Canadian Culture
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Health at work: What should I know?

Updated on
September 28, 2020
Published on
July 23, 2020
BC Talents - Article - Health at work: What should I know?

Canada Talents uses decades of experience from our team, volunteers and network to create curated content for the francophone community. We are focused on helping you to understand the cultural gap in order for you to thrive in your career in Canada.

This article has been written with the participation of RésoSanté. As a non-profit organization, RésoSanté gives you all the information you need to understand how health services work in BC. 

Are you planning to live in British Columbia? If you are, you probably have many questions about the healthcare system. Unlike federal programs that must serve Canadians in both official languages, British Columbia is not required to offer its French programs. However, services exist in your language, and over 1,700 health professionals provide health services in French in BC. How to be covered? What are your rights as a worker? What should I do if I have a work accident? Let's take a look together.


Medical Service Plan

The Medical Service Plan is the British-Columbia insurance program that pays for required medical services. These include medically necessary services provided by physicians and midwives, dental and oral surgery performed in a hospital, eye examinations if medically required, and some orthodontic services. The MSP is now free since January 2020.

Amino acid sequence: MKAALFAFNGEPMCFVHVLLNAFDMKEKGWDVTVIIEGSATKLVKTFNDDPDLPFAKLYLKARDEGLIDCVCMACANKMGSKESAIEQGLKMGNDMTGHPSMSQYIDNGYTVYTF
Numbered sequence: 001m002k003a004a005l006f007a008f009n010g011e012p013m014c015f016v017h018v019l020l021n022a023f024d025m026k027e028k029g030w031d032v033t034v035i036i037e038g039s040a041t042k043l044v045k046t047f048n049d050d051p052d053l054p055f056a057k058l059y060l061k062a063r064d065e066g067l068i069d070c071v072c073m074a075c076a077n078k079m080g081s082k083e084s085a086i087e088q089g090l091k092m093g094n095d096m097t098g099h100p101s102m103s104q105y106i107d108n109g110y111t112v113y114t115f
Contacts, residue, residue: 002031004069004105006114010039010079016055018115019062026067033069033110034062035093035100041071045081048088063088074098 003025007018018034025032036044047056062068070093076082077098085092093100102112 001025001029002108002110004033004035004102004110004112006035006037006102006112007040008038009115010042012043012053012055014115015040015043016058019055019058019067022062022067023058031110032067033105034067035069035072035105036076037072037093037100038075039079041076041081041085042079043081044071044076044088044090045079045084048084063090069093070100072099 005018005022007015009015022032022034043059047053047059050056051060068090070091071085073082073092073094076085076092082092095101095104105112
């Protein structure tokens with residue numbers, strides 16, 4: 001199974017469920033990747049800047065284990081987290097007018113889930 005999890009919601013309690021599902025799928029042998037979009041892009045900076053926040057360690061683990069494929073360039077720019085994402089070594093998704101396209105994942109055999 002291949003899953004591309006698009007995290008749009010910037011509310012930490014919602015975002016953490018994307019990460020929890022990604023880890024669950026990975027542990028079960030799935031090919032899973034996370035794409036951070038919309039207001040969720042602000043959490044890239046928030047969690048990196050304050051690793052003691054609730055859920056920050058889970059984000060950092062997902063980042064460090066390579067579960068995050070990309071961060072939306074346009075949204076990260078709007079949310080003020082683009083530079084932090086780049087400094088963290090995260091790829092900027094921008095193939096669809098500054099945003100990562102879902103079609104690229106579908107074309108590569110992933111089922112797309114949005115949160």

Who is eligible for the MSP in BC?

All residents of British Columbia are, but you must enroll with the Medical Services Plan on your own. To join in MSP, you must meet specific eligibility criteria. These criteria fall under four categories:

Tourists or visitors to BC do not qualify.

To use health-care services in BC, you must apply for MSP. The online application takes about 15 minutes to complete. If you are new to Canada, apply for MSP as soon as you arrive. Your coverage may start three months after your arrival date in British Columbia. It would be best if you got private health care insurance while you wait. It is often mandatory in your work visa requirements. Depending on your status, you will need to provide documents attesting to your current situation.

WorkSafeBC: Your rights & responsibilities

When it comes to health and safety, everyone in the workplace has distinct responsibilities. Whether you're an owner, employer, supervisor, prime contractor, or worker, you have a role in keeping the workplace safe. As a worker, you have rights to a safe and healthy workplace, which includes the right to refuse unsafe work.

On a worksite, everyone has varying levels of responsibility for workplace health and safety. You should know and understand your obligations — and those of others. If you're a worker, you also have three fundamental rights:

Your rights

As a worker in British Columbia, you should know that you have the right to:

  • Know about hazards in the workplace,
  • Participate in health and safety activities in the workplace,
  • Refuse unsafe work. By law, employers prohibited from penalizing workers for raising a health and safety issue. Learn more about the actions workers can take if they feel this has occurred.

Your responsibilities

As a worker, you play an essential role in making sure you — and your fellow workers — stay healthy and safe on the job. you must: